Avocado fertilization mkulimatoday.com

Avocado fertilization. Mkulilma today I received a question from a farmer through our #AskMKULIMATODAY service. How should I apply fertilizer to my avocado crops?

To obtain maximum growth potential for the plant and optimum yield, it is important to supply the avocado plant with nutrients.

It is however dangerous to give excessive amounts of fertilizer on any size of the tree at one time ass this may cause root damage, leaf burn, and defoliation. The type of fertilizer to be used depends on your soil pH.

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Avocado fertilization

In the planting year, it is advisable not to top-dress the orchard since this may reterd root development during the first four to five months after planting.

After this period 60g of 26 percent N fertilizer should be applied after every three months when the soil is moist.

In addition, about 25kg of well rotten manure should be used and spread around the trees after each year.

The following are for N and P fertilizers to be applied each year. (CAN and SSP)

  • Year 1                                    60g CAN and 250g SSP
  • Year 2                                    85g CAN and 500g SSP
  • Year 3                                    500g CAN and 750g SSP
  • Year 4                                    750g CAN and 750g SSP
  • Year 5                                    1kg   CAN and 750g SSP
  • Year 6                                    2kg   CAN and 1 kg  SSP
  • Year 7                                    3kg   CAN and 1.5 kg SSP
  • Year 8                                    4 kg CAN  and 2kg  SSP
  • Year 9                                    5 kg CAN and 2.5kg SSP
  • Year 10                                  6 kg CAN and 3 kg SSP

The use of farmyard manure in avocado fertilization is strongly recommended because it improves the physical condition of the soil and promotes the absorption in the soil and uptake by the plant of micronutrients.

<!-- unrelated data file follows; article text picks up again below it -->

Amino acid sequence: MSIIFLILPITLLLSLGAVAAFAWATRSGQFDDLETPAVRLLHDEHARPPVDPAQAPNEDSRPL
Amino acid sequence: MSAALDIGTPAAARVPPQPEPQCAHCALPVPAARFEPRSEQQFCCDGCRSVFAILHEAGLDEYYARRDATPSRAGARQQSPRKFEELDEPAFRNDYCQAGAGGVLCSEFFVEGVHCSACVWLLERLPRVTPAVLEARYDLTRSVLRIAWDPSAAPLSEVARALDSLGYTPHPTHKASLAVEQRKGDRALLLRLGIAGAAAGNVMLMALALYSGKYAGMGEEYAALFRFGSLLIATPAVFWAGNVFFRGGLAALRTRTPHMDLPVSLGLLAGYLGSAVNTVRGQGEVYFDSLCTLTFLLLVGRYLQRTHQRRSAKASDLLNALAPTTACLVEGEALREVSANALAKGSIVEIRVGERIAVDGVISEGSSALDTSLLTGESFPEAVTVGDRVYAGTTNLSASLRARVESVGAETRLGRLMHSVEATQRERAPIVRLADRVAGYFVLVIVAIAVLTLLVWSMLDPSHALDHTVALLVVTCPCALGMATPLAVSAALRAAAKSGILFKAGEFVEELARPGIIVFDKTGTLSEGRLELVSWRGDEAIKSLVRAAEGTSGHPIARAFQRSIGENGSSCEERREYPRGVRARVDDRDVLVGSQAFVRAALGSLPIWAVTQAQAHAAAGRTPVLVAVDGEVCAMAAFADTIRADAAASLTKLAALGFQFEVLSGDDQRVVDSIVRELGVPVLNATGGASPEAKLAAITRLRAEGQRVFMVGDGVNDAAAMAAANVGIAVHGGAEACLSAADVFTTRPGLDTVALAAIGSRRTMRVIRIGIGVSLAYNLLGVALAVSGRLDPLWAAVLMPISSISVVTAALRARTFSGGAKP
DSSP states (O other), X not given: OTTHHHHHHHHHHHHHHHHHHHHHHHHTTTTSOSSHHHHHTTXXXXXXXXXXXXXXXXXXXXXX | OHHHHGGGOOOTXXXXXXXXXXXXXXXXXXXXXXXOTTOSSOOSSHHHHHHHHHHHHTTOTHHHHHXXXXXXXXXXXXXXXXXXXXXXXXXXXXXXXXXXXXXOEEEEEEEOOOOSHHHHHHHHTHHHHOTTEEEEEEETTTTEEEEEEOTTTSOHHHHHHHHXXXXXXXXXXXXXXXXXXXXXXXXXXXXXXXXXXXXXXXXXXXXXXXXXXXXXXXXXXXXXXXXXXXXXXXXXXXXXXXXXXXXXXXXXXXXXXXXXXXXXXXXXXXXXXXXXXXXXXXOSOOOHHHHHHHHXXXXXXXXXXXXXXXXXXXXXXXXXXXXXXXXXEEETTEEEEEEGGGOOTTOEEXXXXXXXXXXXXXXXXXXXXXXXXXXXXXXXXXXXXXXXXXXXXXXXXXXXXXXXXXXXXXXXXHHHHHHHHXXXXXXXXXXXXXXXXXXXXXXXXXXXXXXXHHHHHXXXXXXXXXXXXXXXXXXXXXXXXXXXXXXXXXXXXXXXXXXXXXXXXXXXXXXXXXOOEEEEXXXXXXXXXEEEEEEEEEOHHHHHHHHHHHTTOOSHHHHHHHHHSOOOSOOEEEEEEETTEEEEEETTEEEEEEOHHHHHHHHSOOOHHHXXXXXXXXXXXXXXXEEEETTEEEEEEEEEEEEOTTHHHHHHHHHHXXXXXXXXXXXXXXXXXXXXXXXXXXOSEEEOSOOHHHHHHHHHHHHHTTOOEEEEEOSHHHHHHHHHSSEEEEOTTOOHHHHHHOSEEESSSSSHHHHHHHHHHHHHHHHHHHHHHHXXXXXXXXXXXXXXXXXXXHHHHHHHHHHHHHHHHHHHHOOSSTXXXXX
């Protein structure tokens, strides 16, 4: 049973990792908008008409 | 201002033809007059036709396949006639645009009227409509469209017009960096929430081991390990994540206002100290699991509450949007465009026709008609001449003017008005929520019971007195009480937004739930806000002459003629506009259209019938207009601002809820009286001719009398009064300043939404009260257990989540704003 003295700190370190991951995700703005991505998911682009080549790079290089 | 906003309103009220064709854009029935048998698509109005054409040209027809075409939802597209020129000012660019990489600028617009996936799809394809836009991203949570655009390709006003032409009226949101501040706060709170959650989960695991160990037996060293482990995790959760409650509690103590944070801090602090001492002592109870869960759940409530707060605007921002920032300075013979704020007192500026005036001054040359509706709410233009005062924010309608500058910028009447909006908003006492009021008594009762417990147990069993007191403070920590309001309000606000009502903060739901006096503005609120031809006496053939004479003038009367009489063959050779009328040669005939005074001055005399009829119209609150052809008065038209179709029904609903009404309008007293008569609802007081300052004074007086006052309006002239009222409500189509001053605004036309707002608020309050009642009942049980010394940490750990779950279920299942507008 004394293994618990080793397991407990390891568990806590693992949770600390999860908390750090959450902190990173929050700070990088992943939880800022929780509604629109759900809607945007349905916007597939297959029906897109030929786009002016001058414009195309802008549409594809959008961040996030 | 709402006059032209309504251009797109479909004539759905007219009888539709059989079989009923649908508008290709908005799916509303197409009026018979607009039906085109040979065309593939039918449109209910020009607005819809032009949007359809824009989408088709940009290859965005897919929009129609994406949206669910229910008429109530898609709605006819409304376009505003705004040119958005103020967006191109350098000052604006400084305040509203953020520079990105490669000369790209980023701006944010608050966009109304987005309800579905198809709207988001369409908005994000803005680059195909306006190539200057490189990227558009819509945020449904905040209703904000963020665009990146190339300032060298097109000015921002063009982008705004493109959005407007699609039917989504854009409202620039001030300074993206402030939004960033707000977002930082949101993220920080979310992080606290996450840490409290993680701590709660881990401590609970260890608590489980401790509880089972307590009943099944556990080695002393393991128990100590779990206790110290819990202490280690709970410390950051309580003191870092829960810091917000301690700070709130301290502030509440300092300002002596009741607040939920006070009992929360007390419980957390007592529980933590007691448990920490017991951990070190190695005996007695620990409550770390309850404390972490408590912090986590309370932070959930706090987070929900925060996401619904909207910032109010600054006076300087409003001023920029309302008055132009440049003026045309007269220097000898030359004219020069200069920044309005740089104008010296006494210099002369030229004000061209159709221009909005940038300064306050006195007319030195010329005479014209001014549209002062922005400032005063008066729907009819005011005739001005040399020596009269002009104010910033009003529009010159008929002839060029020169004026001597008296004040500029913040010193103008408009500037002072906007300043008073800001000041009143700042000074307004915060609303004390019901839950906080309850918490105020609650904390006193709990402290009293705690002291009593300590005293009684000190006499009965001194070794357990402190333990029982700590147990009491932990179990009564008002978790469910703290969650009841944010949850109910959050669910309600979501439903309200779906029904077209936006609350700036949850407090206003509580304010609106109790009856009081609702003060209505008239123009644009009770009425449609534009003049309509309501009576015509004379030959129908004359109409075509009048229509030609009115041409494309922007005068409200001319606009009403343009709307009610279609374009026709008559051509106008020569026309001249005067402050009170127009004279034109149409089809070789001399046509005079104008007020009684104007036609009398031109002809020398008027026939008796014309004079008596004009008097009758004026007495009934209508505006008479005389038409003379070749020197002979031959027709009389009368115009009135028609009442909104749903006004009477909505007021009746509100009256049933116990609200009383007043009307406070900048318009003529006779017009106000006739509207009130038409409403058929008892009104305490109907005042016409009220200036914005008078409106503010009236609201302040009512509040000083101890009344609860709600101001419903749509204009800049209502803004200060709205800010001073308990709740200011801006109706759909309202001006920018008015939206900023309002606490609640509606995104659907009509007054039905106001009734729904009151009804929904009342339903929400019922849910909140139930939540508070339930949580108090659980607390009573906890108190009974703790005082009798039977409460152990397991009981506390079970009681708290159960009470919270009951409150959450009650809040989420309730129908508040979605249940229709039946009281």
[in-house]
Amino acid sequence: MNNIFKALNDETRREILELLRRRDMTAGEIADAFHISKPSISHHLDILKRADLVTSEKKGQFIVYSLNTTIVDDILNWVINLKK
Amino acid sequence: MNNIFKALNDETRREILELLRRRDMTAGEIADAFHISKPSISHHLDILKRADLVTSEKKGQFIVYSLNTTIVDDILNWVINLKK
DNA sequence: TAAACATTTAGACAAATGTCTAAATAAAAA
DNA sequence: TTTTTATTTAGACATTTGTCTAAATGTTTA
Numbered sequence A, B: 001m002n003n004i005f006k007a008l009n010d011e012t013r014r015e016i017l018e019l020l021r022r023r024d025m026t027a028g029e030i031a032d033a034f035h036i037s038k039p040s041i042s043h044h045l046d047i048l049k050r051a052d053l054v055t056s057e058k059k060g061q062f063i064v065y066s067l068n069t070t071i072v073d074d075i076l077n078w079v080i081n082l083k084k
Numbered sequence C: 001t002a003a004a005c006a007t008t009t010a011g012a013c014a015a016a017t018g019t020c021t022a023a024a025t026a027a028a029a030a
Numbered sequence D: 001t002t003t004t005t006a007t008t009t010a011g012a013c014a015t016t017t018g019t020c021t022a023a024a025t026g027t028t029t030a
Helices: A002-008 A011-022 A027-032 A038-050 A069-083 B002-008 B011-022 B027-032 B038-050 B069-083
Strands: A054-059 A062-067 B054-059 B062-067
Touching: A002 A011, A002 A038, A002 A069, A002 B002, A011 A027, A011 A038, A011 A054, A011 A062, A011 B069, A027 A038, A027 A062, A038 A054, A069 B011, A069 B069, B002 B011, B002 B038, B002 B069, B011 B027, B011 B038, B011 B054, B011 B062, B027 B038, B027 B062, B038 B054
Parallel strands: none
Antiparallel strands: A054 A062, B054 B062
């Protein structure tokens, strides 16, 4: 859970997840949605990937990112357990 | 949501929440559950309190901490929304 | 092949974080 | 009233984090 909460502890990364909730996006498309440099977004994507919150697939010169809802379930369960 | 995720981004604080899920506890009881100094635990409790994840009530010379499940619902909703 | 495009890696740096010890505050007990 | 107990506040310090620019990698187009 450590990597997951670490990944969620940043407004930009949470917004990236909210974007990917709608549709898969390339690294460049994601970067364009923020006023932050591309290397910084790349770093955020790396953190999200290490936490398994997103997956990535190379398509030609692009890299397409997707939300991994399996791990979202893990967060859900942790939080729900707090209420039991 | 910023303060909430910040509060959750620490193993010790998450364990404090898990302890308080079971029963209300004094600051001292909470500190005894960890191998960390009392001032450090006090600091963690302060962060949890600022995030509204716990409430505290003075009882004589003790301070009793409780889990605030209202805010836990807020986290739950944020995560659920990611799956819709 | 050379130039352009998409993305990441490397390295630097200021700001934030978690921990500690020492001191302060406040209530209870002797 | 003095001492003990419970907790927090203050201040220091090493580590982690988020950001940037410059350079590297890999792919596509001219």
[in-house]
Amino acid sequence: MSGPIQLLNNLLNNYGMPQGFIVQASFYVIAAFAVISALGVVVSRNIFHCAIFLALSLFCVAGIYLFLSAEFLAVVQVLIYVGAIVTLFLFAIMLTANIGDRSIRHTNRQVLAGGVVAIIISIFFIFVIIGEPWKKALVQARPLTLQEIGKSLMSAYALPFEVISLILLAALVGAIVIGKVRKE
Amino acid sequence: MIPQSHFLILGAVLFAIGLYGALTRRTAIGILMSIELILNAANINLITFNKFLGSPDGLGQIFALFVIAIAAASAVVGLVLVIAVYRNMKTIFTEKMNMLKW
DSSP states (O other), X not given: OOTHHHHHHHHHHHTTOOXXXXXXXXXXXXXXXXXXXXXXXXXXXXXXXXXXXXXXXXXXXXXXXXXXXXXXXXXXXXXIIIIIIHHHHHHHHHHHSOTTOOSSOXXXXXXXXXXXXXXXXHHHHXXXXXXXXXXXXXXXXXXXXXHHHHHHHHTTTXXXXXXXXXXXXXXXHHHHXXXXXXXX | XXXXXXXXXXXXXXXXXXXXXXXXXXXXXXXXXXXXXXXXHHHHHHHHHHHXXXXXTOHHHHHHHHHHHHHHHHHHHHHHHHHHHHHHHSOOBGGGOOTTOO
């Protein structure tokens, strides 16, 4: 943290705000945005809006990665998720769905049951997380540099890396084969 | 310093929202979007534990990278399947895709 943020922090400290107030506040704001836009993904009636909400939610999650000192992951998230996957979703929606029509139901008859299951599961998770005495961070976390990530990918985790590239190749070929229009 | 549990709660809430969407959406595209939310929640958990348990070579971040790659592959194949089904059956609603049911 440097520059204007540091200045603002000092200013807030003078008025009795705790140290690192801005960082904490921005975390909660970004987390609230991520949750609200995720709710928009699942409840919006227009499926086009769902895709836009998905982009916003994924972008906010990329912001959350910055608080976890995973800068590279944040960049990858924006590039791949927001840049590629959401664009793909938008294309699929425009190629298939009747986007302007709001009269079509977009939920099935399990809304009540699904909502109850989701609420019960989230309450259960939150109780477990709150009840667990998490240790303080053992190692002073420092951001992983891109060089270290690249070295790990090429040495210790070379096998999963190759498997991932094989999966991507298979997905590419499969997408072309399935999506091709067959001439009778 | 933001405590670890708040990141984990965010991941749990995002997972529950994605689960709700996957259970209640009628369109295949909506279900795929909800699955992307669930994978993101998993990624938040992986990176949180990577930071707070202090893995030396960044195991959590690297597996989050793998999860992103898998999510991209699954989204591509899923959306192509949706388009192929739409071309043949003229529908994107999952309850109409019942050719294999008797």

The above-listed nitrogen levels should also be applied in splits.

Avocado trees also have a very high requirement for potassium, magnesium, and zinc.

Measures should therefore be taken to supplement these when they fall short.

Harvesting

The first yields come in the third year after planting. The avocado fruit does not soften on the trees when mature, therefore it is not easy to determine the time of harvest by external appearance.

Also, the fruits do not mature at the same time.

Maturity is determined by harvesting some fruits, which are assumed to be mature and stored at room temperature.

If they soften in 12 days without shriveling, then they are ready for picking.

Other indications of maturity are

  • the loss of a glossy sheen normally observed in immature fruits
  • when there is a yellowish tint on the skin and stem
  • the green fruit becomes smoother, especially at the end opposite the stem as small corky areas appear on the skin.
  • When the seed is examined in the ripe fruit, the coat appears dark brown and its tissue is very thin.

During harvesting, the fruit must be clipped with secateurs from the tree and stalk of about 1 cm left.

Never pull the fruits because this encourages rotting. It is recommended that cotton gloves be used during picking, grading, and packing to avoid bruising and leading to losses.

Avocado fertilization Pests and diseases

  1. Nematodes (Radophillus similies), attacks the roots and cause growth stunting of the plant

Control

Fumigation of the soil before planting

  1. Fruit flies (Ceratis capitat and Ptendarus rosa) attack the ripening fruit

Control

Spray with malathion or fenthion

  1. thrips attack young leaves

control

Spray with Rogor40 or any other systemic insecticide.

Other pests include mites, scale, and aphids.

Diseases

1. Sunblotch (virus)

Shows very slight symptoms of yellow to brown areas on young branches, leaf petioles, and leaves. In severe cases, there can be dieback of branches, reduction of growth, grooves on stems and branches.

Fruits develop sunken areas and later become brown.

Control

Use virus-free bud woods, cutdown infected trees to prevent the spread of the disease

  1. Phytophthera root rot (Phytophthera cinnamoni)

This is a root rot disease that is common under wet conditions

Control

Spray trees with copper fungicides (copper oxychloride) and use resistant rootstocks.

  1. Armillaria root rot (Armillaria spp)

Root rot and the tree may be killed under severe infection

Control

Spray copper fungicides

 

Credits carol Mutua

Department of crops, horticulture and soils

Egerton University

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